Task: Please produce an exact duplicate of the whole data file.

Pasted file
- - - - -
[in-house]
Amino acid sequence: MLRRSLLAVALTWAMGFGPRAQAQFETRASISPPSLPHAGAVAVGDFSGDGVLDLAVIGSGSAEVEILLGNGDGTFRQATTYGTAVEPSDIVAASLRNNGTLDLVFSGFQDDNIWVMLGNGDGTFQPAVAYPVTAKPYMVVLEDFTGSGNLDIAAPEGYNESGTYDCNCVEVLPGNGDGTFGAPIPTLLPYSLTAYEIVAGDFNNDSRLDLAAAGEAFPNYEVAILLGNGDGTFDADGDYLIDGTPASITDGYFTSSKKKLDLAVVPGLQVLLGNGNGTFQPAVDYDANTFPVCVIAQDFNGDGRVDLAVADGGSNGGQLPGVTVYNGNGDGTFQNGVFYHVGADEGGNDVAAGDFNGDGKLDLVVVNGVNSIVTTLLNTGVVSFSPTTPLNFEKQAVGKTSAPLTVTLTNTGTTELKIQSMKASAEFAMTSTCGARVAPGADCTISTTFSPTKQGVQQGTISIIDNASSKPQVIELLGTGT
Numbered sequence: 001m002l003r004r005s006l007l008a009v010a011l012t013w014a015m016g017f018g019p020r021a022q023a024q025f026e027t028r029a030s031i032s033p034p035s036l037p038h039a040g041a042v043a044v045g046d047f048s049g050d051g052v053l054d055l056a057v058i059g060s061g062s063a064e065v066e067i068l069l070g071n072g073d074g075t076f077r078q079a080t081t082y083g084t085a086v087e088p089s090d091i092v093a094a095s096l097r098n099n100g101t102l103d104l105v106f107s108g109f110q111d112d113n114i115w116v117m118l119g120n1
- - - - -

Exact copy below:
[in-house]
Amino acid sequence: MLRRSLLAVALTWAMGFGPRAQAQFETRASISPPSLPHAGAVAVGDFSGDGVLDLAVIGSGSAEVEILLGNGDGTFRQATTYGTAVEPSDIVAASLRNNGTLDLVFSGFQDDNIWVMLGNGDGTFQPAVAYPVTAKPYMVVLEDFTGSGNLDIAAPEGYNESGTYDCNCVEVLPGNGDGTFGAPIPTLLPYSLTAYEIVAGDFNNDSRLDLAAAGEAFPNYEVAILLGNGDGTFDADGDYLIDGTPASITDGYFTSSKKKLDLAVVPGLQVLLGNGNGTFQPAVDYDANTFPVCVIAQDFNGDGRVDLAVADGGSNGGQLPGVTVYNGNGDGTFQNGVFYHVGADEGGNDVAAGDFNGDGKLDLVVVNGVNSIVTTLLNTGVVSFSPTTPLNFEKQAVGKTSAPLTVTLTNTGTTELKIQSMKASAEFAMTSTCGARVAPGADCTISTTFSPTKQGVQQGTISIIDNASSKPQVIELLGTGT
Numbered sequence: 001m002l003r004r005s006l007l008a009v010a011l012t013w014a015m016g017f018g019p020r021a022q023a024q025f026e027t028r029a030s031i032s033p034p035s036l037p038h039a040g041a042v043a044v045g046d047f048s049g050d051g052v053l054d055l056a057v058i059g060s061g062s063a064e065v066e067i068l069l070g071n072g073d074g075t076f077r078q079a080t081t082y083g084t085a086v087e088p089s090d091i092v093a094a095s096l097r098n099n100g101t102l103d104l105v106f107s108g109f110q111d112d113n114i115w116v117m118l119g120n1